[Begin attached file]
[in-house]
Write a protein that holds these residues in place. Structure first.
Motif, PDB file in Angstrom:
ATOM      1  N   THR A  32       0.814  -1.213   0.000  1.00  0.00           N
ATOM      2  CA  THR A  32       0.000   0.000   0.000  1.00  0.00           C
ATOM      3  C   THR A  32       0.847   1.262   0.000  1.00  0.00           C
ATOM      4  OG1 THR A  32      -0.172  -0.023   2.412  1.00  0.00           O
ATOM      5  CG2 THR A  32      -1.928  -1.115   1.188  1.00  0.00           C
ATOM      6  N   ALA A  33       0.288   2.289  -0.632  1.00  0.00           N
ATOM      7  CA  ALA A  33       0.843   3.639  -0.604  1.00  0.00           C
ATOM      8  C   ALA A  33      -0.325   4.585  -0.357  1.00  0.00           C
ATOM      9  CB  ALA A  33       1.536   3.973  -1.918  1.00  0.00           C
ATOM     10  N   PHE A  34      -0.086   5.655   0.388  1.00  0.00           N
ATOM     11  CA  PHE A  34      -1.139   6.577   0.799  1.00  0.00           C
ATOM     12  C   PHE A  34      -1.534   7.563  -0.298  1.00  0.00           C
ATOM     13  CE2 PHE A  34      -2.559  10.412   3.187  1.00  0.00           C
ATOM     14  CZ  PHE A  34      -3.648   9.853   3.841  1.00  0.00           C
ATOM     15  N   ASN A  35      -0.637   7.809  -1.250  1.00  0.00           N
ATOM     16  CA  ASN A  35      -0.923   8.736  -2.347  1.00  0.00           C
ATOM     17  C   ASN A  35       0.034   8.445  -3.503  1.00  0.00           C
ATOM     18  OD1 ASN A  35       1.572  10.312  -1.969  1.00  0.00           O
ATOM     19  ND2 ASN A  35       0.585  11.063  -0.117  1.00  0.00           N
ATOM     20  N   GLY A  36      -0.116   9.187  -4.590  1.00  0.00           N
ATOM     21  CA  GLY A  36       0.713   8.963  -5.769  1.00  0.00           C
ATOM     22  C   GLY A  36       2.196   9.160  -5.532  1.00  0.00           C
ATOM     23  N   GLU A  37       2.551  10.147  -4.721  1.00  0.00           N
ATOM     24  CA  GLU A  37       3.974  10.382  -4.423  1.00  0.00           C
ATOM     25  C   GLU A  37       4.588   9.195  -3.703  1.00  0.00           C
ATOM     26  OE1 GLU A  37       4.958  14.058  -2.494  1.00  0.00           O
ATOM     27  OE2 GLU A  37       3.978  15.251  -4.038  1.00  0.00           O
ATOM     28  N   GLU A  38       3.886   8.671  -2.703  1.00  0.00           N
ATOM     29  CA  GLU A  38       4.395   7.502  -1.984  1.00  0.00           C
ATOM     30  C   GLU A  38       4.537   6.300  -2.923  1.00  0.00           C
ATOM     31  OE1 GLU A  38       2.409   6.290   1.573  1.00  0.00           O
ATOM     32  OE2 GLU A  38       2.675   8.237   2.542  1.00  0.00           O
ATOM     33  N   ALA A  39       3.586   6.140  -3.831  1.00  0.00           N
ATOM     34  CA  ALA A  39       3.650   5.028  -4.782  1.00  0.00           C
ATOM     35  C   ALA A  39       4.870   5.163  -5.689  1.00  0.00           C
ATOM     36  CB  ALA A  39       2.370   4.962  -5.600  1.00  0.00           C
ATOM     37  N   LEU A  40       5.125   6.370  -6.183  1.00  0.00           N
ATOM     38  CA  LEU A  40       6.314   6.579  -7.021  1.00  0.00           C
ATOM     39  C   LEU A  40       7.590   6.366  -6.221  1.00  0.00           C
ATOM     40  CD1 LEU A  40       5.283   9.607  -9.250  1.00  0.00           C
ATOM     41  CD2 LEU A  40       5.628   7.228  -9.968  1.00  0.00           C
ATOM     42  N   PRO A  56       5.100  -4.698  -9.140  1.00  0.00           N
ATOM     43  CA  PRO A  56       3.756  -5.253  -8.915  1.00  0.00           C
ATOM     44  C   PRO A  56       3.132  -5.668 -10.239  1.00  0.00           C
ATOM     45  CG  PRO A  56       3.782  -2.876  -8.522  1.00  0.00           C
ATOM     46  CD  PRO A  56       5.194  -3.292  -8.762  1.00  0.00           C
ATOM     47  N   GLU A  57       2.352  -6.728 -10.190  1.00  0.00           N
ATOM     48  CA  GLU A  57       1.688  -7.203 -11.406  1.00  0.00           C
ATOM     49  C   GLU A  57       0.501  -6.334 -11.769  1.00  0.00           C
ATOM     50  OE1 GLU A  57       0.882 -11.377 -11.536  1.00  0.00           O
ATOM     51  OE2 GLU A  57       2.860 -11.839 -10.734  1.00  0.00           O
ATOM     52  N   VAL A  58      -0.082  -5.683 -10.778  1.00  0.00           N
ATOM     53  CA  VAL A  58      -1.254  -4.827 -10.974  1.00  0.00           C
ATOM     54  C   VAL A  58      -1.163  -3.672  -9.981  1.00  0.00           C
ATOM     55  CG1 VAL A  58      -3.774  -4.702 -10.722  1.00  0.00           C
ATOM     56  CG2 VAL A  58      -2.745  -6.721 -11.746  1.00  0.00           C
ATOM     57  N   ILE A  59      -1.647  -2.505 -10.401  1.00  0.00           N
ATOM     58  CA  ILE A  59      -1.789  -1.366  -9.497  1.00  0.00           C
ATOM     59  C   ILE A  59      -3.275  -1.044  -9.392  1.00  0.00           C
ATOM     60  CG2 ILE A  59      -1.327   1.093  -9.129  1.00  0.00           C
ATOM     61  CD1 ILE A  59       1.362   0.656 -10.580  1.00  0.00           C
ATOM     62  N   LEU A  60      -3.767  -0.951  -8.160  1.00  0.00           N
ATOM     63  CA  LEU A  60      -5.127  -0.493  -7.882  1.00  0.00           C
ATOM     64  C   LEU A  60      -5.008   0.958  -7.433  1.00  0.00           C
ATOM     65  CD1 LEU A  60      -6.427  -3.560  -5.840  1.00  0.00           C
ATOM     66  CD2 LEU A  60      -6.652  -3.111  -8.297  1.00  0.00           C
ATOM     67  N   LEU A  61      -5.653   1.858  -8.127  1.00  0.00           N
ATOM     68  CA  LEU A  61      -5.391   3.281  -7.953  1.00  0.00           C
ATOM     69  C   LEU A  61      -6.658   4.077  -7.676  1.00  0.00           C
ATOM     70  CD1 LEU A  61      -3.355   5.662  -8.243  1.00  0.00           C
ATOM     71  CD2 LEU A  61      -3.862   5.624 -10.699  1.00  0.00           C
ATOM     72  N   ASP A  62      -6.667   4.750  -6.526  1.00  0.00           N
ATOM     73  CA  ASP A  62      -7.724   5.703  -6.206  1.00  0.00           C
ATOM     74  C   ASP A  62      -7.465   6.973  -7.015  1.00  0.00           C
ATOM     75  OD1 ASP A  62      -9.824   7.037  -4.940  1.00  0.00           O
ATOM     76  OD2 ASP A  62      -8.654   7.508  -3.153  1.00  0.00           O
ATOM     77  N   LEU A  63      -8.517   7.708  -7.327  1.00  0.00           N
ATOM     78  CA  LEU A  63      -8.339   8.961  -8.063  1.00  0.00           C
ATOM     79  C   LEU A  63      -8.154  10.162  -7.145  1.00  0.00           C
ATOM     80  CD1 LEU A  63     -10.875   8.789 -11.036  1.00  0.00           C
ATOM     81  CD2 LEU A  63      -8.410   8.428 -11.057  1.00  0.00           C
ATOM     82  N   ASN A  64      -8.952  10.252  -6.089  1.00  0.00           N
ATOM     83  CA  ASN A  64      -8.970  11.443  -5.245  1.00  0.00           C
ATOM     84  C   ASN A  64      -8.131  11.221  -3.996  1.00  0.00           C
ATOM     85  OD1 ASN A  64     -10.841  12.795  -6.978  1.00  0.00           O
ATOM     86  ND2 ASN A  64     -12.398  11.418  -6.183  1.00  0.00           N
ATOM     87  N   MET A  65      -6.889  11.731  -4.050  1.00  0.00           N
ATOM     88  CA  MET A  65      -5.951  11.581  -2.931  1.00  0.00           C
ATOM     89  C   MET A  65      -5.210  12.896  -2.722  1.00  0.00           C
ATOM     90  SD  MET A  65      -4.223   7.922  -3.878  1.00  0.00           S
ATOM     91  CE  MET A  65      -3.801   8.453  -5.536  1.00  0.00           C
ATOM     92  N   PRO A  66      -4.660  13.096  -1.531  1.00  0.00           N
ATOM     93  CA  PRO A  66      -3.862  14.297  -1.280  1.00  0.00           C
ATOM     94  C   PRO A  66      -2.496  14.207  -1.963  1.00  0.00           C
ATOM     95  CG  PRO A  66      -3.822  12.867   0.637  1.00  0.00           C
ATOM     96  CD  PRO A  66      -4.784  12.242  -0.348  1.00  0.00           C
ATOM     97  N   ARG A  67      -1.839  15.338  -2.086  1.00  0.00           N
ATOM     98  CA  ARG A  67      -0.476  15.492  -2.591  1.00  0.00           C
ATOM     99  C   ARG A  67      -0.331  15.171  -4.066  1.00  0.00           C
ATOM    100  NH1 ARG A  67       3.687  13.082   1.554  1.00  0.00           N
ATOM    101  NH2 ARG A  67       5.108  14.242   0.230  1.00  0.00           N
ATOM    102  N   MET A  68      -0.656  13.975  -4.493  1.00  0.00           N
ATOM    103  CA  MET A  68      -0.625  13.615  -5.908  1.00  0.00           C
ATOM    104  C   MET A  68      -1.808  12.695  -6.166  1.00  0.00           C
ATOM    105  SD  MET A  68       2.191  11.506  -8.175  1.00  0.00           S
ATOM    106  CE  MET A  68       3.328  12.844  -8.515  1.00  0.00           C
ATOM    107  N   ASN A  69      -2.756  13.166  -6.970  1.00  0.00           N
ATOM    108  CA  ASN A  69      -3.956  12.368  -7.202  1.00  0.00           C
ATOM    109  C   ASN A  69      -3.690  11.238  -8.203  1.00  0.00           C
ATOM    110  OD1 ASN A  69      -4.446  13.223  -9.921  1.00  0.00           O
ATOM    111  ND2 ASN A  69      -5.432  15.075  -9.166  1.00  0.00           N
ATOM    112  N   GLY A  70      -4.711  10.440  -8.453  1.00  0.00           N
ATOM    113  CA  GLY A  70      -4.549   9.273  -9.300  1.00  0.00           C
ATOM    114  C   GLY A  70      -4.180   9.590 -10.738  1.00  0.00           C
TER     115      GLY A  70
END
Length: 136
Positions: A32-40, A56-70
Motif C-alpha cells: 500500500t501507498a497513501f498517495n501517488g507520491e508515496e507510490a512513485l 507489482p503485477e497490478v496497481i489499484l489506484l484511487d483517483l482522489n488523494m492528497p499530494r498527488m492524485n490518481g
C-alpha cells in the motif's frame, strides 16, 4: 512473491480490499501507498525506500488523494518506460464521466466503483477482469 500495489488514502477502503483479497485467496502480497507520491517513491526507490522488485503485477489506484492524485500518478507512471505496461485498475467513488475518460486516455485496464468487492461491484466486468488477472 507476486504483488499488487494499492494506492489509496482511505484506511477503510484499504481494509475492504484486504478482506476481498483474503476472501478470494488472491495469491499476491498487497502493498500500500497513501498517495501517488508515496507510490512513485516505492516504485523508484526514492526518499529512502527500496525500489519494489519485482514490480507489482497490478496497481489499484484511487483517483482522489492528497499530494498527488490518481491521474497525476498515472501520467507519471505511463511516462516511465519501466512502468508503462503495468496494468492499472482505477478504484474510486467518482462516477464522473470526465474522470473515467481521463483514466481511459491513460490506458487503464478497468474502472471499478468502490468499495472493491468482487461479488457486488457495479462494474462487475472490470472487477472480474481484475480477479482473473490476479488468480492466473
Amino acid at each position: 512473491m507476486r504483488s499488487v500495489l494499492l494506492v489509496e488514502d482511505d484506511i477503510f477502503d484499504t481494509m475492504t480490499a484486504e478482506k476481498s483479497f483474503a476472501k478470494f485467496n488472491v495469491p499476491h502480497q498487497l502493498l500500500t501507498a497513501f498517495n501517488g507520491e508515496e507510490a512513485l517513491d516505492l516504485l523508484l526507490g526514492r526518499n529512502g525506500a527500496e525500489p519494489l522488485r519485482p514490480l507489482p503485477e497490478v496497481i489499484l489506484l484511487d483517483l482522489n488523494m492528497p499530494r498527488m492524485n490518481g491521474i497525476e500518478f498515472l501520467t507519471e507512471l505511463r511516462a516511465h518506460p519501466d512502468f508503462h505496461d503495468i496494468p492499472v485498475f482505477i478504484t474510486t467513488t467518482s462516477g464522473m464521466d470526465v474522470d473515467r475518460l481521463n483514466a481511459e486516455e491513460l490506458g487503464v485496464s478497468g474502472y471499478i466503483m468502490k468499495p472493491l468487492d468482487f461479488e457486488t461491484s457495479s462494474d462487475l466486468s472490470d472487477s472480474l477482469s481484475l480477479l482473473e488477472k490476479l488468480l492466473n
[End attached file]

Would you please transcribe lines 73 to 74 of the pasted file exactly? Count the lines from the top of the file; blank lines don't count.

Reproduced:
ATOM     70  CD1 LEU A  61      -3.355   5.662  -8.243  1.00  0.00           C
ATOM     71  CD2 LEU A  61      -3.862   5.624 -10.699  1.00  0.00           C